That setup and character background is the first hour of the 142-minute film; the rest is all that teen-on-teen killing, which really ratchets home the hopelessness of life in Panem. As Katniss is thrust into the arena, she befriends a fellow fighter—District 11 female tribute Rue (Amanda Stenberg)—and begins to rethink the point of the Hunger Games, but there’s no time for explicit harping on about the evil of the Capitol. It’s all there for you to soak in, in the ruined lives of innocent youths.

What Ross does wonderfully, however, is leave much of that gore and carnage up to your imagination—a smart move to keep the film’s PG-13 rating while also maximizing the audience’s emotional involvement. His focus on details is excellent: How the dust has settled into the clothes of everyone in District 12, beleaguering its residents with the irreversibility of their forlorn circumstances; the blood dripping off the weapons of the Careers once the Games begin; the pristine cleanliness of the Capitol compared with the Districts’ pennilessness. That kind of micro attention creates a fully realized world, a tangible Panem that makes “The Hunger Games” that much more engrossing—and, at times, devastating.

But Ross couldn’t do this without an overwhelmingly strong cast, and Lawrence gets it right as Katniss. On a surface level, Katniss is similar to Lawrence’s Oscar-nominated turn as Ree in “Winter’s Bone”—both were teen girls struggling to support their families in dire circumstances—but Lawrence has more opportunities for emotional frailty here, moments of fragility and sadness that give her character agency. As her main male counterpart, Hutcherson does similarly well. In Collins’ novel, Peeta is the boy steadfast in his determination to protect Katniss, no matter the cost, and Hutcherson brings a kind of genuine do-gooderness to the proceedings. The puppy dog eyes don’t hurt.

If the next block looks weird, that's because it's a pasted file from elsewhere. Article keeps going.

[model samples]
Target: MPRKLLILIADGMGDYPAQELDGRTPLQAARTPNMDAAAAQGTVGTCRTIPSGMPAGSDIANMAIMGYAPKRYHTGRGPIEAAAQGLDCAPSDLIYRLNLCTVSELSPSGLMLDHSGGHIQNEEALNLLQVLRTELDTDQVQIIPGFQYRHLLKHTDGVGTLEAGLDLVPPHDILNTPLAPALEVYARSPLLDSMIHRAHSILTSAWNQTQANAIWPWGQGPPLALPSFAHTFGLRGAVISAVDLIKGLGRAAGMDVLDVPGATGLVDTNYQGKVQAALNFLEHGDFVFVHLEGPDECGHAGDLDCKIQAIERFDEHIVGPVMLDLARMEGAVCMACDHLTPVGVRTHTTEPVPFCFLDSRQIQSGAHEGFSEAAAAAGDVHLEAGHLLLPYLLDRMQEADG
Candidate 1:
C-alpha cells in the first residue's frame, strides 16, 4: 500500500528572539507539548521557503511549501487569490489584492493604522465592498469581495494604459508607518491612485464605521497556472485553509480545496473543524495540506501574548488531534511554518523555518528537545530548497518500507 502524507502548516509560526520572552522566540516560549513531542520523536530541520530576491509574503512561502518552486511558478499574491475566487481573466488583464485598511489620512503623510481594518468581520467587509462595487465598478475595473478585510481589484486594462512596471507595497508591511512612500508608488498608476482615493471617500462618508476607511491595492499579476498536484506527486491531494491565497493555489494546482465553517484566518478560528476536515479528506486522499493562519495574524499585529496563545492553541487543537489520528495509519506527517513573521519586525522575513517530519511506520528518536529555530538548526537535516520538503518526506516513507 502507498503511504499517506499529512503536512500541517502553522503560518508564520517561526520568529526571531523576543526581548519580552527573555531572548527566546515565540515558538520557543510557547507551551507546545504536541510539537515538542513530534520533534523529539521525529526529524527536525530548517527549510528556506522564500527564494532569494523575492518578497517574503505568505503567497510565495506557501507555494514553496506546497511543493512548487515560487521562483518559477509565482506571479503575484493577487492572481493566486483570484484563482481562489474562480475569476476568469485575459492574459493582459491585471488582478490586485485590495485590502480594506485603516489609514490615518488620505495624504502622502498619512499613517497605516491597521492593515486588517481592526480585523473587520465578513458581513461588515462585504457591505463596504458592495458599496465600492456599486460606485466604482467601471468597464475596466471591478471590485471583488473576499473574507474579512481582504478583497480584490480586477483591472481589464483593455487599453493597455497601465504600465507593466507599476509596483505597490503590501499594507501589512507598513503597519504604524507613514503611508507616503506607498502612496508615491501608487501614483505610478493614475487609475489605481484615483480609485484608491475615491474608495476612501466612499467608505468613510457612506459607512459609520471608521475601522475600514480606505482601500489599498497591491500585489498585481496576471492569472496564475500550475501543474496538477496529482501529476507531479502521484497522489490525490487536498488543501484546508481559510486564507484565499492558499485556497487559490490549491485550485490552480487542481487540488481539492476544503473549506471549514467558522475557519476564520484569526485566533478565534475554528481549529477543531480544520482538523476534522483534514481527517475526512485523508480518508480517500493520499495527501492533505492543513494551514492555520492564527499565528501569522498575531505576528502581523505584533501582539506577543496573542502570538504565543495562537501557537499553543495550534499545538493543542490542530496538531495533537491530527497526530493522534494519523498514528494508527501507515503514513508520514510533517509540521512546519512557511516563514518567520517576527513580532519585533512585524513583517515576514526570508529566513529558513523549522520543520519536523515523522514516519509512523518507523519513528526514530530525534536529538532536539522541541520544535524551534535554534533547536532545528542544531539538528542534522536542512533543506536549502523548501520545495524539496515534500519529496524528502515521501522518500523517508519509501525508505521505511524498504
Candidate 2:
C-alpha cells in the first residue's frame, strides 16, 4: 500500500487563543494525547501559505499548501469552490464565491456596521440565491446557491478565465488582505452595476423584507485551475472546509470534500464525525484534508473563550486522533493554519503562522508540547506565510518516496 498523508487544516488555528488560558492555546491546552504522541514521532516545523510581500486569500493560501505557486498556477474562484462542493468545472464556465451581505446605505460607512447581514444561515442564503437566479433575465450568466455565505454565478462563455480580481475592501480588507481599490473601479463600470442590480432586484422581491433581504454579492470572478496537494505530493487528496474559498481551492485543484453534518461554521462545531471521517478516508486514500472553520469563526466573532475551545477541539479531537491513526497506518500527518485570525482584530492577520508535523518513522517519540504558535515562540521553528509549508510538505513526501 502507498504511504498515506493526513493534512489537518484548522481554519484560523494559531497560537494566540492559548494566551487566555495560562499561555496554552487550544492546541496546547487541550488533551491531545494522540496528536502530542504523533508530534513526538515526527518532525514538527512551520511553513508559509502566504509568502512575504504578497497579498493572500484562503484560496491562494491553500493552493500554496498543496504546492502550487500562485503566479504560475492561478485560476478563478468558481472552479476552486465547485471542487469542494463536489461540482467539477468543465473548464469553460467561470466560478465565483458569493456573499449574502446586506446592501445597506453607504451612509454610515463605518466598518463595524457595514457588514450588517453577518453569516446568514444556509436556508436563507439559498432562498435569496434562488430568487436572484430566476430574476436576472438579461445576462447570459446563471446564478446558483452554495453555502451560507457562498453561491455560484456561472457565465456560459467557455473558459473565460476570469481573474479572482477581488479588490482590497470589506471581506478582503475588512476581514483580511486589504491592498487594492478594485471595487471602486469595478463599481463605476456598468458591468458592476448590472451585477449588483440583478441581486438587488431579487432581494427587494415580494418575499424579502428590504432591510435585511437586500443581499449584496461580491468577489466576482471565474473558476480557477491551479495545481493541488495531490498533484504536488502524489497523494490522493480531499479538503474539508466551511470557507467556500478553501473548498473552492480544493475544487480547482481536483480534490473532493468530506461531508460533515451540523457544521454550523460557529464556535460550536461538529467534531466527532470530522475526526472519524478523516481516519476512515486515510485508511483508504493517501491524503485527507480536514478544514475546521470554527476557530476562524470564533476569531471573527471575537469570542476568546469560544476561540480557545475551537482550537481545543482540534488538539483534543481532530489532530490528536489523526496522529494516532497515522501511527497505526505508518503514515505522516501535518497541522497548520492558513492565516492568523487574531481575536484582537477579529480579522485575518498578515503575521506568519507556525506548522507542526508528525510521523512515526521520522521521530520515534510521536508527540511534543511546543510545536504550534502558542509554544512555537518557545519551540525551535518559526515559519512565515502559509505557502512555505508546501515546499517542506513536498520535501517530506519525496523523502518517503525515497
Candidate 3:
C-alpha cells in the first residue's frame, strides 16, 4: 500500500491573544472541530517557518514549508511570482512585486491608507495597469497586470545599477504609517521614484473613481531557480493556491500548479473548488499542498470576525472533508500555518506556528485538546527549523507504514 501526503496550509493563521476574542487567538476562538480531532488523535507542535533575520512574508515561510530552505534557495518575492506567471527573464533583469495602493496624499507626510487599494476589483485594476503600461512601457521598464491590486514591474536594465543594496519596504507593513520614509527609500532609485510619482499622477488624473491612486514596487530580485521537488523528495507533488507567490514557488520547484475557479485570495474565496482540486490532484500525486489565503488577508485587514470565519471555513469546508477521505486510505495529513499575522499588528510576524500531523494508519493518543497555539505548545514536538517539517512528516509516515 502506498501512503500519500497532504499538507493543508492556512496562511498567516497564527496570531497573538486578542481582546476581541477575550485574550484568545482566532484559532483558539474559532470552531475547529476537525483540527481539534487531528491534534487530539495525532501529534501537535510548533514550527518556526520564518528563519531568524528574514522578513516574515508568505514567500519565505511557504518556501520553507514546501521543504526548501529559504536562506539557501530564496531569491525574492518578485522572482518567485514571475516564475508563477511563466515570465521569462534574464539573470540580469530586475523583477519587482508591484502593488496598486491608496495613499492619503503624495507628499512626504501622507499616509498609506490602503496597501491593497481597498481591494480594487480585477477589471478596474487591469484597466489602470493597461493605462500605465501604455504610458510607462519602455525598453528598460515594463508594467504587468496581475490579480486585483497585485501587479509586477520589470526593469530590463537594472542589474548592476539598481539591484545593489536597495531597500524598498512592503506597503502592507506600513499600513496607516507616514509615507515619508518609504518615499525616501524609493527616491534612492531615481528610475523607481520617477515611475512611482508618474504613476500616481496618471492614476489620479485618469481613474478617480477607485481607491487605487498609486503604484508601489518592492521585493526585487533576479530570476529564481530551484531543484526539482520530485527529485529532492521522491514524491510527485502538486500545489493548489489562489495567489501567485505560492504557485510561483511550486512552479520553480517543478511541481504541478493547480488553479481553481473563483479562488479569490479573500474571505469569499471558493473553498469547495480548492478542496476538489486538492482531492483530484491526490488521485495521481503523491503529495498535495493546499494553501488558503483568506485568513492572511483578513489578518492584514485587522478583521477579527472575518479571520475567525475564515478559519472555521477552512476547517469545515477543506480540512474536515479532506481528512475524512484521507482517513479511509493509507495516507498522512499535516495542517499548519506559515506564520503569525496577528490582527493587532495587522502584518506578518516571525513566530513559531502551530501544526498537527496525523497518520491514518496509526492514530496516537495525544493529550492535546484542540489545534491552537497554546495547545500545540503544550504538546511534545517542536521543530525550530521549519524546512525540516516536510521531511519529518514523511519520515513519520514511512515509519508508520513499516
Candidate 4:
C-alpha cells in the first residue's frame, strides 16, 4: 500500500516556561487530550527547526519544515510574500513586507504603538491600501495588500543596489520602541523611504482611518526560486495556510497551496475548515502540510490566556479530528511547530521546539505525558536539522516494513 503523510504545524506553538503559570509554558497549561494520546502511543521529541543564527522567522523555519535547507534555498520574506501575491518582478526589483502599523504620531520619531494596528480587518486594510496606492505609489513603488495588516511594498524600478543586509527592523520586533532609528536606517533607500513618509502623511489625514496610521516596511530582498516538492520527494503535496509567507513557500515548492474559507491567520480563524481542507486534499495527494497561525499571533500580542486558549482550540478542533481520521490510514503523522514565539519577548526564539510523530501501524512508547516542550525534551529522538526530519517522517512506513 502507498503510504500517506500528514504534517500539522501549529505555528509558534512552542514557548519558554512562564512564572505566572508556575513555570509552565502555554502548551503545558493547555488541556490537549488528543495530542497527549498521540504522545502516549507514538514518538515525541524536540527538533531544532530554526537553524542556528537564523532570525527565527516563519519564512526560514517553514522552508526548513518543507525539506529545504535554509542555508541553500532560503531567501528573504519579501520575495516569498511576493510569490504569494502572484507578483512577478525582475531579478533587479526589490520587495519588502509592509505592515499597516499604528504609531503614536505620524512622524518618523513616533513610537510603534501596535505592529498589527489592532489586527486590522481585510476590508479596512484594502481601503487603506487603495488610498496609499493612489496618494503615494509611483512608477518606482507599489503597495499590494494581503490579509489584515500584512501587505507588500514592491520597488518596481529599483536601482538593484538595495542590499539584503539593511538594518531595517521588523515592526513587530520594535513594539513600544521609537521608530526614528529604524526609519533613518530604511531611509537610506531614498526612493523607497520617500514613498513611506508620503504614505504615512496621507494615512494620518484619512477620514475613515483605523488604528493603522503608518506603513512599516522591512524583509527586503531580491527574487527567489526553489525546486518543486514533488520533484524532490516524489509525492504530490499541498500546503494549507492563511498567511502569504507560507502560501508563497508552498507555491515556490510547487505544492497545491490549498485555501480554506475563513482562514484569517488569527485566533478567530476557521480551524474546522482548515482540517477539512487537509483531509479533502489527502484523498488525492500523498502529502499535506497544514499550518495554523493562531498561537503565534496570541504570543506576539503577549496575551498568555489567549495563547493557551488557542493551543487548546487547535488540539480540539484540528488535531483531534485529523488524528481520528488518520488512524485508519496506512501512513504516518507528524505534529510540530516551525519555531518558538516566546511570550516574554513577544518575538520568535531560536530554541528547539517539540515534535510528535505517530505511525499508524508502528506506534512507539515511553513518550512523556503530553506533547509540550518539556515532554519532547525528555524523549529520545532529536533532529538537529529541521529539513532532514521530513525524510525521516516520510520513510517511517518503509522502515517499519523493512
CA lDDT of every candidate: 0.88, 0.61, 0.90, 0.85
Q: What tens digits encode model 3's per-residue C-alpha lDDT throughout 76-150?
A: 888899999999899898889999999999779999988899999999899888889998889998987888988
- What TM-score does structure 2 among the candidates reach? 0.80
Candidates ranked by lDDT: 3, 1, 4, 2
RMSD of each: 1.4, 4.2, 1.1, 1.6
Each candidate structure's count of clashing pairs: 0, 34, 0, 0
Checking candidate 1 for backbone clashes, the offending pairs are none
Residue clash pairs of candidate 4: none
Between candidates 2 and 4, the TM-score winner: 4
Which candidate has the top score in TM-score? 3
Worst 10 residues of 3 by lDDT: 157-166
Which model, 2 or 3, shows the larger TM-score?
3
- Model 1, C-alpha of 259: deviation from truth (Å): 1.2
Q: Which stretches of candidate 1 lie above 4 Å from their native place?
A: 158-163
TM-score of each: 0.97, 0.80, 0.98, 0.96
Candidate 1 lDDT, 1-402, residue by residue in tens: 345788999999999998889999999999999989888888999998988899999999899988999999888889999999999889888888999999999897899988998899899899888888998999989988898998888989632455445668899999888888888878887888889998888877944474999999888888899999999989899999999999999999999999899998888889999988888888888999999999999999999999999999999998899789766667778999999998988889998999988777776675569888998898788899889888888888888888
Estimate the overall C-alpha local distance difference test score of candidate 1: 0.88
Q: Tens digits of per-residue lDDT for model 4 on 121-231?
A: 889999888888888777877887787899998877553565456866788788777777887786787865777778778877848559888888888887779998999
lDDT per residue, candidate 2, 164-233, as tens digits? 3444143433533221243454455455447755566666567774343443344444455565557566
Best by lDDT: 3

And rounding everything out are the iconic Sutherland as the menacing President Snow; wonderfully amusing Harrelson as the drunk-but-seasoned Haymitch; insanely charismatic Stanley Tucci as Hunger Games host Caesar Flickman; smartly understated Kravitz as Katniss’s confidante and secondary mentor Cinna; and impressively sympathetic Wes Bentley as Gamemaker Seneca Crane, in a role expanded from Collins’ book. Gazing at his crazy beard design alone is worth the price of admission.

If you wanted a 100 percent identical version of Collins’ book onscreen, you won’t get that here. Differences include the origin of Katniss’s mockingjay pin, what hand the District 12 residents use to deliver their three-finger salute, who whistled the tune to the mockingjays during the Hunger Games, and a smattering of other details. Most troublesome thematically, however, is how the film assumes its audience already knows some of the characters’ inner thoughts, so they aren’t explored. Most glaring is Katniss’s confusion over her feelings about Peeta and her initial decision to befriend him as a way to gain support from viewers of the Hunger Games. This conflict, and Katniss’s guilt over whether she’s leading Peeta on, is explicitly discussed in Collins’ book, but in the film it’s hinted at in a way that would be unfulfilling for those who aren’t aware of the source material.

But those changed elements don’t ruin Ross’s overall adaptation, which keeps the rebellious spirit of the novel while heightening the sense of nervous urgency. “Make sure they remember you,” Haymitch says to Katniss, but he needn’t worry. You won’t be able to forget “The Hunger Games.”